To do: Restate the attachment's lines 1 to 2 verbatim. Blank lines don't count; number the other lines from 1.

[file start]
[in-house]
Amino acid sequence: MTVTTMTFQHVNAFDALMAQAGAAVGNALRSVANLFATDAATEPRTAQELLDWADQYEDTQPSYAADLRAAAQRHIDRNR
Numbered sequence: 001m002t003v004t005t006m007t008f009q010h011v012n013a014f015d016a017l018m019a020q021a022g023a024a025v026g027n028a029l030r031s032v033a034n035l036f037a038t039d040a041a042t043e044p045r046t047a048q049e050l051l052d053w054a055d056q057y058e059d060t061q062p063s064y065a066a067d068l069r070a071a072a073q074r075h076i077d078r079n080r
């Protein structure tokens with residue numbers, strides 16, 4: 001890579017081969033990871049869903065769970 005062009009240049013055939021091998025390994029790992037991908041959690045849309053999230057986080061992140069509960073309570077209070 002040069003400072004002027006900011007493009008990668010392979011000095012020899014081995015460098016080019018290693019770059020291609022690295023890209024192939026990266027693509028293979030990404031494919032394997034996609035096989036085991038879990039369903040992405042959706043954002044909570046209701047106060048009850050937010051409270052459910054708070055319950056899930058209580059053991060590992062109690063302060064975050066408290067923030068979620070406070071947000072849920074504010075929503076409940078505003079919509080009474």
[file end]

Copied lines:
[in-house]
Amino acid sequence: MTVTTMTFQHVNAFDALMAQAGAAVGNALRSVANLFATDAATEPRTAQELLDWADQYEDTQPSYAADLRAAAQRHIDRNR